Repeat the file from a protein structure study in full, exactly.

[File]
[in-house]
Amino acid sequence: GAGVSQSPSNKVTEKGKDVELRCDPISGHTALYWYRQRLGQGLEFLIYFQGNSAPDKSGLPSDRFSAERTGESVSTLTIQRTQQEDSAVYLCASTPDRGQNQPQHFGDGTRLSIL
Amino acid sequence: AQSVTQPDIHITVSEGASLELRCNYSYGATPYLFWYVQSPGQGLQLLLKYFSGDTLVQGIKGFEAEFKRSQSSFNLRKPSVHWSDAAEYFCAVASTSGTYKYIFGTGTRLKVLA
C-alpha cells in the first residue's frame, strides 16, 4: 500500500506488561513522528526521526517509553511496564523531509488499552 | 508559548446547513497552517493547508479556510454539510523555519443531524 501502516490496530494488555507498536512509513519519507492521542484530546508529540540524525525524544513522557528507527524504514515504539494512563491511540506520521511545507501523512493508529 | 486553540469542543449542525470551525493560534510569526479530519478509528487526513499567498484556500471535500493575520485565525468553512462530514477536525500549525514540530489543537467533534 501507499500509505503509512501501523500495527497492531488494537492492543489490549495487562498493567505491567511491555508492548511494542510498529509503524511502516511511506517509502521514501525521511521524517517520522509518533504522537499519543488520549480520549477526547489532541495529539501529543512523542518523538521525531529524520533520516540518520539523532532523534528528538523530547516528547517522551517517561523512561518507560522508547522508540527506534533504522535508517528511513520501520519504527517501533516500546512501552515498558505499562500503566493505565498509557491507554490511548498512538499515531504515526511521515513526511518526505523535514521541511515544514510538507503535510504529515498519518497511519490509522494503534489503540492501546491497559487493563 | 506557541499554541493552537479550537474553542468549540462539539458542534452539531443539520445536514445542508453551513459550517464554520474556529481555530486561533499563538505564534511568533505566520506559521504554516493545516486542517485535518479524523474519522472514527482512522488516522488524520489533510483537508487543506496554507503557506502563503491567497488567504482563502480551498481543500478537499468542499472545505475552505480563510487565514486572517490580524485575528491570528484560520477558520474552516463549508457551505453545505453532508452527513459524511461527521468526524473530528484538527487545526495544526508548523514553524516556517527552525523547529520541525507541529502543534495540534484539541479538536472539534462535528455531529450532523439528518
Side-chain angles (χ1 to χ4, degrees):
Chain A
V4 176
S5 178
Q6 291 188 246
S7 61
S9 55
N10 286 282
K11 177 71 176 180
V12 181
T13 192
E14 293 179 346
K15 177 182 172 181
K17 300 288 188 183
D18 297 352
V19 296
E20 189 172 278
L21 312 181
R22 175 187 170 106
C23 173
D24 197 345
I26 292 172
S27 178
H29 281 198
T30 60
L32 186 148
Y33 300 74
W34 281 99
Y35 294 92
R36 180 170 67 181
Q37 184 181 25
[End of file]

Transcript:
[in-house]
Amino acid sequence: GAGVSQSPSNKVTEKGKDVELRCDPISGHTALYWYRQRLGQGLEFLIYFQGNSAPDKSGLPSDRFSAERTGESVSTLTIQRTQQEDSAVYLCASTPDRGQNQPQHFGDGTRLSIL
Amino acid sequence: AQSVTQPDIHITVSEGASLELRCNYSYGATPYLFWYVQSPGQGLQLLLKYFSGDTLVQGIKGFEAEFKRSQSSFNLRKPSVHWSDAAEYFCAVASTSGTYKYIFGTGTRLKVLA
C-alpha cells in the first residue's frame, strides 16, 4: 500500500506488561513522528526521526517509553511496564523531509488499552 | 508559548446547513497552517493547508479556510454539510523555519443531524 501502516490496530494488555507498536512509513519519507492521542484530546508529540540524525525524544513522557528507527524504514515504539494512563491511540506520521511545507501523512493508529 | 486553540469542543449542525470551525493560534510569526479530519478509528487526513499567498484556500471535500493575520485565525468553512462530514477536525500549525514540530489543537467533534 501507499500509505503509512501501523500495527497492531488494537492492543489490549495487562498493567505491567511491555508492548511494542510498529509503524511502516511511506517509502521514501525521511521524517517520522509518533504522537499519543488520549480520549477526547489532541495529539501529543512523542518523538521525531529524520533520516540518520539523532532523534528528538523530547516528547517522551517517561523512561518507560522508547522508540527506534533504522535508517528511513520501520519504527517501533516500546512501552515498558505499562500503566493505565498509557491507554490511548498512538499515531504515526511521515513526511518526505523535514521541511515544514510538507503535510504529515498519518497511519490509522494503534489503540492501546491497559487493563 | 506557541499554541493552537479550537474553542468549540462539539458542534452539531443539520445536514445542508453551513459550517464554520474556529481555530486561533499563538505564534511568533505566520506559521504554516493545516486542517485535518479524523474519522472514527482512522488516522488524520489533510483537508487543506496554507503557506502563503491567497488567504482563502480551498481543500478537499468542499472545505475552505480563510487565514486572517490580524485575528491570528484560520477558520474552516463549508457551505453545505453532508452527513459524511461527521468526524473530528484538527487545526495544526508548523514553524516556517527552525523547529520541525507541529502543534495540534484539541479538536472539534462535528455531529450532523439528518
Side-chain angles (χ1 to χ4, degrees):
Chain A
V4 176
S5 178
Q6 291 188 246
S7 61
S9 55
N10 286 282
K11 177 71 176 180
V12 181
T13 192
E14 293 179 346
K15 177 182 172 181
K17 300 288 188 183
D18 297 352
V19 296
E20 189 172 278
L21 312 181
R22 175 187 170 106
C23 173
D24 197 345
I26 292 172
S27 178
H29 281 198
T30 60
L32 186 148
Y33 300 74
W34 281 99
Y35 294 92
R36 180 170 67 181
Q37 184 181 25